What is Geocaching?

If you follow me on Instagram, you might have noticed I picked up a new hobby this summer…. Geocaching! I’ve had a few questions from…

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What is Geocaching?

If you follow me on Instagram, you might have noticed I picked up a new hobby this summer…. Geocaching! I’ve had a few questions from followers, so I wanted to write a blog post to explain more fully.

What is Geocaching?

  • Geocaching is best explained as a worldwide treasure hunt.
  • Geocaches are hidden all over the world, in locations which can be navigated to using a GPS-enabled device.
  • There are more than 3 million active Geocaches in the world, hidden in 191 countries on all seven continents (including Antarctica).
  • Geocaching began in 2000 in Oregon, USA.
  • To get started, just download a free app to your smartphone and set off on your first search.

What do Geocaches look like?

  • A Geocache is usually a small metal, wooden or plastic box that can withstand the elements.
  • They vary in size from a tiny ‘nano’ container of about 1 inch across, to a ‘large’ container which could be a five-gallon bucket.

Where are Geocaches hidden and how do I find them?

  • Geocaches are hidden everywhere from urban streets to quiet forests. They might be magnetic and attached to a fence, nestled in the branches of a tree or stashed under a bridge.
  • Geocachers get really creative with the hiding places and the containers they use, which is part of the fun! There are some rules with regards to hiding a cache, such as they must not be buried and you must get permission if it’s on public land.
  • The Geocaching app displays the caches in the nearby area, you simply select one you’d like to find, press navigate and follow the directions to the hiding spot. The app also gives hints and a description to help you locate the cache.
  • When you find a cache, you mark it as ‘Found’ on the app and leave a thank you note for the owner. If you are unable to find it, mark as ‘Did Not Find (DNF)’ and leave a comment as the owner might need to go out and do some maintenance if the cache has gone missing or become damaged.

What’s inside a Geocache?

  • Once you locate a Geocache, you need to open it up and see what’s inside.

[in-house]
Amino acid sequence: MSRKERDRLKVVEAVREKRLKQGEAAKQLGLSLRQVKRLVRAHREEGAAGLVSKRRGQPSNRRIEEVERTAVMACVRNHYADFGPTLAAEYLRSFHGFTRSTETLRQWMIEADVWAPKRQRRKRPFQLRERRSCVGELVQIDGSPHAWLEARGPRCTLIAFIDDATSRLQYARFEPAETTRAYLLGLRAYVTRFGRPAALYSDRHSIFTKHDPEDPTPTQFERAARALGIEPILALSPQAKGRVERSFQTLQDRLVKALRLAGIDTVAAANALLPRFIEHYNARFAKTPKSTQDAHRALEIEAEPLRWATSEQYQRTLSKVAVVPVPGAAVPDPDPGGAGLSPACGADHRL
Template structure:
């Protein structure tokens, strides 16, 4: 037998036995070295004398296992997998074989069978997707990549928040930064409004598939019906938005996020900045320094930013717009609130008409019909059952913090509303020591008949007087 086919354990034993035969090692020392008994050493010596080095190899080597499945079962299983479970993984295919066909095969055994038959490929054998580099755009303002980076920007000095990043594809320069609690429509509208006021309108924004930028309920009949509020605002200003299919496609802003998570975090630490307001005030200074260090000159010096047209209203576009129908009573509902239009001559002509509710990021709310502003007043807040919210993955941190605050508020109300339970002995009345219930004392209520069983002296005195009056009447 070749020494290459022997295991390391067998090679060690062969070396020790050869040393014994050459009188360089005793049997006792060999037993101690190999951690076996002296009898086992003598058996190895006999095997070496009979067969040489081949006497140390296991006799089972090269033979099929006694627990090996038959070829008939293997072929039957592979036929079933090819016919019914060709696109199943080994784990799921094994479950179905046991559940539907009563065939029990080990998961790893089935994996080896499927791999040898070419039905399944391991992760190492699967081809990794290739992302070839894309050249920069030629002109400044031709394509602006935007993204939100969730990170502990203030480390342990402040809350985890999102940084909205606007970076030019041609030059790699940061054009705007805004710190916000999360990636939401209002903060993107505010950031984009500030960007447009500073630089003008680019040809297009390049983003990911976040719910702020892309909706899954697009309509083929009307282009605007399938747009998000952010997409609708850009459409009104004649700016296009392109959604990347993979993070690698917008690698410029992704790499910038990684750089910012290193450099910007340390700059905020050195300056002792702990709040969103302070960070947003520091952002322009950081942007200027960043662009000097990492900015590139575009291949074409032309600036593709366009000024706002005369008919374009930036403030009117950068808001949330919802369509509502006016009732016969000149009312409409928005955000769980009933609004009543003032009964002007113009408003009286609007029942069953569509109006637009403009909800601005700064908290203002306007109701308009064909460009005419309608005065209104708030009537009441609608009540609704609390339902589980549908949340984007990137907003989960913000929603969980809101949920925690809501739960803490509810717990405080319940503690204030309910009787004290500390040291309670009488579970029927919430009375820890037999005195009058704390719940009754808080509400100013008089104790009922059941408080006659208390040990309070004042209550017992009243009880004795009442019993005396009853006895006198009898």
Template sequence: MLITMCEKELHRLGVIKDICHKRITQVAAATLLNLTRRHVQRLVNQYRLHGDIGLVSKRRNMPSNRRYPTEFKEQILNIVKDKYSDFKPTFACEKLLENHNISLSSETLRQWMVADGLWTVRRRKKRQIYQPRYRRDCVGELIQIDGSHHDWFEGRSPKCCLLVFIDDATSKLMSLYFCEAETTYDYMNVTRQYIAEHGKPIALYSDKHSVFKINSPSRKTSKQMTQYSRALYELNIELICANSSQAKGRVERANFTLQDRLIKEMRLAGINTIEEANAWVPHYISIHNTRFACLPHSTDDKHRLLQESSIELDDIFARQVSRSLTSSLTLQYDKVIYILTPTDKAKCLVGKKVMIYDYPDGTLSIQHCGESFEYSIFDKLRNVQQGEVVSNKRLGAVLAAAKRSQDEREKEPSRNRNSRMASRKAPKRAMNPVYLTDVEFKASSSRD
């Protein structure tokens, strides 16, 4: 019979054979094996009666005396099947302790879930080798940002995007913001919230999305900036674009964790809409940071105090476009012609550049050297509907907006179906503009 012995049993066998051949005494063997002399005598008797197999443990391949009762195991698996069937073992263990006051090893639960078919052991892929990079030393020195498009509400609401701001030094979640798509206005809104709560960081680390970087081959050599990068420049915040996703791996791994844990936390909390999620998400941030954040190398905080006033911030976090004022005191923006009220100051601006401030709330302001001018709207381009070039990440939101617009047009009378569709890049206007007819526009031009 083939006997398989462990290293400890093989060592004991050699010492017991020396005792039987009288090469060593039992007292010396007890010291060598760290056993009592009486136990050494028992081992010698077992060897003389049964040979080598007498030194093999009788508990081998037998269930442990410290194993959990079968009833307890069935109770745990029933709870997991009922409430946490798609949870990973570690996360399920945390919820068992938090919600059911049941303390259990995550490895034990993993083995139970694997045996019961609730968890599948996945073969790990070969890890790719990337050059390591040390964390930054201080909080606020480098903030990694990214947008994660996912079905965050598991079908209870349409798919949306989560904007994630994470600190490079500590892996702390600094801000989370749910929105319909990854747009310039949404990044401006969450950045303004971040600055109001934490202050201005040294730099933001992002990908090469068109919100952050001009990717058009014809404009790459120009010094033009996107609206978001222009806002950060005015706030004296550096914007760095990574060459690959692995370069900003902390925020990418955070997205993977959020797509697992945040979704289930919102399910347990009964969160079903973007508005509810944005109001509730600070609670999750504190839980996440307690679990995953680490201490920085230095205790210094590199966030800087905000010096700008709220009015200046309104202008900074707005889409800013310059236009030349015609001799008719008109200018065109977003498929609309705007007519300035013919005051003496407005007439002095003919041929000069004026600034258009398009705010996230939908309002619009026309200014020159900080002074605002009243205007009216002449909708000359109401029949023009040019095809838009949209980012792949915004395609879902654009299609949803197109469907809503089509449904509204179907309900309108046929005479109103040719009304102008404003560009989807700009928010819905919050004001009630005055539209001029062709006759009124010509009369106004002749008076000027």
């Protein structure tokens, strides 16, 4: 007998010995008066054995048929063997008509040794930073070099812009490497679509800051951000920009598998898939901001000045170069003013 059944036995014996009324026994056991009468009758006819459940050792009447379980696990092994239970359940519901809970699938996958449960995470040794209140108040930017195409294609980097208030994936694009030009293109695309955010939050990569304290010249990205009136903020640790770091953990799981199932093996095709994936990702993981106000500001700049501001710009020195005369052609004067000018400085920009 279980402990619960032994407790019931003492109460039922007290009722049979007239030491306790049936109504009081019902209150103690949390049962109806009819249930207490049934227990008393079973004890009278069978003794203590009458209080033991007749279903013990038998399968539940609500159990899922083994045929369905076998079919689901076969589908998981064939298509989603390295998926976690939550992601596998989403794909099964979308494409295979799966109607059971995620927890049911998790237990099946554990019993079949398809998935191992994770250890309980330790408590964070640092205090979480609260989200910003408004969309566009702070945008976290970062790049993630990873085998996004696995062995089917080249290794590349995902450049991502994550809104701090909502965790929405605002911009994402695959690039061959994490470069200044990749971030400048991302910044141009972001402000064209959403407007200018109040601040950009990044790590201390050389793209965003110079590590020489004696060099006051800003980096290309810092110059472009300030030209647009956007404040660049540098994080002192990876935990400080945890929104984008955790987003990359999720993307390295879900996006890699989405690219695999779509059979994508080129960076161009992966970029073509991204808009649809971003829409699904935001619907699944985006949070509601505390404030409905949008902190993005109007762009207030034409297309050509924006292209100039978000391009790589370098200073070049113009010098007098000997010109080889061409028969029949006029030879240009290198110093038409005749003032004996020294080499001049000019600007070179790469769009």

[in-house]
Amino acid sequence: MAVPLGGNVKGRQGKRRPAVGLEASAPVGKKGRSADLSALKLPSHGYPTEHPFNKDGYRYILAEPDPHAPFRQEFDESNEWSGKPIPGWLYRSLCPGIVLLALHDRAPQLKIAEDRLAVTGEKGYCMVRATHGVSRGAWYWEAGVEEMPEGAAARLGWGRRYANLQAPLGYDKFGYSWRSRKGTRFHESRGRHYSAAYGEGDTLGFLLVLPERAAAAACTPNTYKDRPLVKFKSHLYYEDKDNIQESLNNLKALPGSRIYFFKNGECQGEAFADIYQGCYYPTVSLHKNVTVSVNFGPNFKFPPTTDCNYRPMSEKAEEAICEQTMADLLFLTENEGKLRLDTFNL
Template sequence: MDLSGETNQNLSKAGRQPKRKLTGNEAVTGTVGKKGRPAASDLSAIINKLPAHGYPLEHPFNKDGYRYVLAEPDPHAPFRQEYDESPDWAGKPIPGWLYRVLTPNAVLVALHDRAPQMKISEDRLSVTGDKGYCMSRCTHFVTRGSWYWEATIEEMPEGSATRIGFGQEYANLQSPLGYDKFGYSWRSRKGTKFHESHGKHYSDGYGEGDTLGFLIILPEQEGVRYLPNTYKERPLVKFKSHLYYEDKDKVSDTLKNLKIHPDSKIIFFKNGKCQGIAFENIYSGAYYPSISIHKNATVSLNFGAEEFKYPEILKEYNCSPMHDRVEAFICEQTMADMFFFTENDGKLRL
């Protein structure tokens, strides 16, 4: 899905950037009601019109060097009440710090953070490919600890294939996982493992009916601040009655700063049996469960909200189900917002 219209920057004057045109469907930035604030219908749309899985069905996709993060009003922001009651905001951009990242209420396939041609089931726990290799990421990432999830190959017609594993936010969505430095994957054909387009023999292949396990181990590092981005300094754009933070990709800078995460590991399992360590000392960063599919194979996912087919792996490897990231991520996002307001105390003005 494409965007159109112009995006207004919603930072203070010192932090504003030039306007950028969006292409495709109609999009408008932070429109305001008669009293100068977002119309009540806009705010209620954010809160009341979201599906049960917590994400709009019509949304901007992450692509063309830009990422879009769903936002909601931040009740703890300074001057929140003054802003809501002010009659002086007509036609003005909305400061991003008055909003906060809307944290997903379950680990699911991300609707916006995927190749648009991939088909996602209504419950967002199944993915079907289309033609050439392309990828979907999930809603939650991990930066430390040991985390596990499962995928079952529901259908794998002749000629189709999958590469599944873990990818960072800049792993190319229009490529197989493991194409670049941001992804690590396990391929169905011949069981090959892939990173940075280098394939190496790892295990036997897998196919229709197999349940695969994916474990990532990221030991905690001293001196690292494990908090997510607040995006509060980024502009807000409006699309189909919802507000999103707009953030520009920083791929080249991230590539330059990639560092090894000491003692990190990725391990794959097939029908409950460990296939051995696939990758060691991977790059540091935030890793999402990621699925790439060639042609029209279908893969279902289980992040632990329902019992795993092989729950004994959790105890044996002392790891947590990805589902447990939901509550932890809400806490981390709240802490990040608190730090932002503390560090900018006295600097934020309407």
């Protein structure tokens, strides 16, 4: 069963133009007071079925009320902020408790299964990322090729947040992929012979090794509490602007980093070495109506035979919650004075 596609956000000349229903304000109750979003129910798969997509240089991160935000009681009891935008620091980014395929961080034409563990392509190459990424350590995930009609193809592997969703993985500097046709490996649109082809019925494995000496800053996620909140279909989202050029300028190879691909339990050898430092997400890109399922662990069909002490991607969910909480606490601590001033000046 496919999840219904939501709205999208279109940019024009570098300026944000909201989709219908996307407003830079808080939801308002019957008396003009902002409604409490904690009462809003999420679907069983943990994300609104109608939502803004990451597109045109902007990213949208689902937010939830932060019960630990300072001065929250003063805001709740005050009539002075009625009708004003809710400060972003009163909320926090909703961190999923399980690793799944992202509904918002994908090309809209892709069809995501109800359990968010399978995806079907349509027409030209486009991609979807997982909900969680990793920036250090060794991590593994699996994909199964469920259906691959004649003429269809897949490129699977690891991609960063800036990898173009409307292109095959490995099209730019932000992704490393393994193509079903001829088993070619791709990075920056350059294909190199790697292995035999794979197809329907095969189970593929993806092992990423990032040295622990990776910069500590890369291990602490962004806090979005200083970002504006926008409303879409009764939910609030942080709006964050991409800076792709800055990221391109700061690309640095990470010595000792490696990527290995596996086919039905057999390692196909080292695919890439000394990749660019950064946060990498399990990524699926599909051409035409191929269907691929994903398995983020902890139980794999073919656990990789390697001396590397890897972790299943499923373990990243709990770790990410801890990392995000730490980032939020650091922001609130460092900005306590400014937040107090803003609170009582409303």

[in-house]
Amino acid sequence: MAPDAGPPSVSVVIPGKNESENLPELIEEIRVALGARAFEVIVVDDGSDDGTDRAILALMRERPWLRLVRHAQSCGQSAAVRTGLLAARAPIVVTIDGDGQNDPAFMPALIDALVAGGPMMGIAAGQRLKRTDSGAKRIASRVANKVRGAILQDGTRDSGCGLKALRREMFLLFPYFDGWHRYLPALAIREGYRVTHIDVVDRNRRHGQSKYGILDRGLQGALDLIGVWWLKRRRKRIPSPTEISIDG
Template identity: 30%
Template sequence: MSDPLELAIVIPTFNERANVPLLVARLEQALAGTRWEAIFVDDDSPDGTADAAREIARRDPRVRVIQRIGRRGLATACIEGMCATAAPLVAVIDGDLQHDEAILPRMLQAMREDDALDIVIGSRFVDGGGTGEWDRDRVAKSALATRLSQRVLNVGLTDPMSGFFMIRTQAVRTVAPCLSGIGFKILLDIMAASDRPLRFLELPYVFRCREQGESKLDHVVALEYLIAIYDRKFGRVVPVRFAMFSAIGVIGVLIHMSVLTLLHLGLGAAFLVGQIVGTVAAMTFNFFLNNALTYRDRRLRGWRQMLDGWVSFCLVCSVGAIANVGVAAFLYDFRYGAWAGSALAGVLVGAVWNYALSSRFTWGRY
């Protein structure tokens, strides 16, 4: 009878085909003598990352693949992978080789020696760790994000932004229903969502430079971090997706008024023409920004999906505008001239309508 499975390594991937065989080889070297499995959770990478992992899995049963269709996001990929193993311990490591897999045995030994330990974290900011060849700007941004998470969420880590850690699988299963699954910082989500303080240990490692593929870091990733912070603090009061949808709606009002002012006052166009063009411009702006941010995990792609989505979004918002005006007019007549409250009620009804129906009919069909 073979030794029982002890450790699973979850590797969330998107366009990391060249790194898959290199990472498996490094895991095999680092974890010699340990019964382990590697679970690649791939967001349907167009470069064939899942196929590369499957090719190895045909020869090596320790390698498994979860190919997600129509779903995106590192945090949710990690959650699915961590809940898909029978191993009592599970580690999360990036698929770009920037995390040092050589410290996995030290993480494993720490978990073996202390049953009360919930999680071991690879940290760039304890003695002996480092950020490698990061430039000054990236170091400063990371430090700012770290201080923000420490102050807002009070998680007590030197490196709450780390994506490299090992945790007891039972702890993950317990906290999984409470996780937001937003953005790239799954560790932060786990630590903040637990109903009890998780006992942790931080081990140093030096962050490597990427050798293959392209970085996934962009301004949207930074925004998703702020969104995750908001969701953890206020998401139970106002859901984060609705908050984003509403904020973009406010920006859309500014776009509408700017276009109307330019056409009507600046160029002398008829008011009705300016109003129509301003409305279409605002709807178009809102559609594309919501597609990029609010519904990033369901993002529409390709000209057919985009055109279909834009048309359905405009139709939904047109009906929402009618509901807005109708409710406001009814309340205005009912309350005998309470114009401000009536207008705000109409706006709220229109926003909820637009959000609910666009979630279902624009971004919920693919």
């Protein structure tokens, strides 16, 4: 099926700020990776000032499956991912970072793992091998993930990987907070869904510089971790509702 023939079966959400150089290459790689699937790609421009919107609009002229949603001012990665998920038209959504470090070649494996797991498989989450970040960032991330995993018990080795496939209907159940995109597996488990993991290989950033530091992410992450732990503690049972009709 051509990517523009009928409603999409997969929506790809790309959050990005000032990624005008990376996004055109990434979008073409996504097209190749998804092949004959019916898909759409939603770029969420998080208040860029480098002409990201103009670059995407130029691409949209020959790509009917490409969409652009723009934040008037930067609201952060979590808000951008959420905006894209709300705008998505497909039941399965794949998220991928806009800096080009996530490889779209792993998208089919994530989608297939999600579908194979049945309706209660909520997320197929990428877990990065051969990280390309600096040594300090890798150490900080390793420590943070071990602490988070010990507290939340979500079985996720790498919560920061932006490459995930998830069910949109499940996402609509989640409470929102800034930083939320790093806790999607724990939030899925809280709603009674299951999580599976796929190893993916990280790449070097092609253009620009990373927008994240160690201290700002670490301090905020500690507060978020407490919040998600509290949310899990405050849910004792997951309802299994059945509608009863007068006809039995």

• There will be a logbook which is a small notebook or rolled-up piece of paper where you sign your name and the date. Sometimes there will also be a pen or pencil.
  • There will usually be some inexpensive treasures, such as coins, keyrings, small toys. If you take something, you must leave something of equal or greater value in return.

Why I love Geocaching!

I started Geocaching earlier this summer when lockdown restrictions were in effect and I was also recovering from an injury. We were allowed outside for exercise once a day, so I’d thought I’d make my walks more interesting by searching for Geocaches on route.

It’s enabled me to explore different areas and discover new places that I wouldn’t otherwise visit. It’s also opened my eyes to my surroundings- there are Geocaches hidden in places which I pass regularly and I never would have realised they were there. I started in my local park, but gradually expanded my search once I’d recovered from my injury. I like to combine Geocaching with a run, bike ride or hike and go further afield. It’s also great if you’ve got a dog or kids, to make getting outdoors a bit more interesting.

Geocaching is also quite addictive, it’s satisfying when you locate a tricky cache after a long search! I’m quite competitive and love challenging myself to go on a Geocaching mission and see how many finds I come back with! After starting in May, I’ve now found 181 caches so my next big milestone will be 200 finds! Now I’ve got a few friends into Geocaching- Lisa and Brett, it’s great to arrange a day out and plan a longer route to cover as a team.

Whenever I visit a new place, the first thing I do is open up my Geocaching app and see if there are any hidden nearby!

What else do I need to know about Geocaching?

  • Caching often means going into bushes or brambles, so wear appropriate clothing and possibly gloves. I’ve ended up scratches and cuts on my legs after some particularly tricky finds!
  • Often caches will be dirty due to being outside, so carrying hand-sanitizer or wipes is very much advised. Remember to wash your hands as soon as you get home.
  • Carry a pen with you to sign the log. It’s also helpful to have tweezers as some logbooks need to be prised out of smaller containers.
  • Always put the cache container back where you found it.
  • Never leave food or anything illegal, dangerous or possibly offensive in a cache.
  • Don’t give away obvious clues in the activity log, such as photos of the exact location.
  • Try to be discreet as members of the public (known as Muggles) could potentially tamper with the cache if they are unaware of what it actually is.
  • If you place a Geocache, please commit to maintaining it. There’s nothing worse than spending time searching for a cache which has gone missing and hasn’t been replaced by the owner.
  • There are many different types of Geocache, such as mystery, puzzle, letterbox hybrid, virtual and multi-caches which involve solving different clues or going to different locations. Up until now, I’ve stuck to traditional caches as they are most straightforward to locate!

Have you ever tried Geocaching? Fancy giving it a go?

Just a quick note to say that Paddle Pedal Pace is a finalist in the British Travel Awards! If you read my blog and enjoy active travel content, please consider taking a moment to vote for me. I really appreciate every vote:
https://www.britishtravelawards.com/btaform.php?nomLink=231

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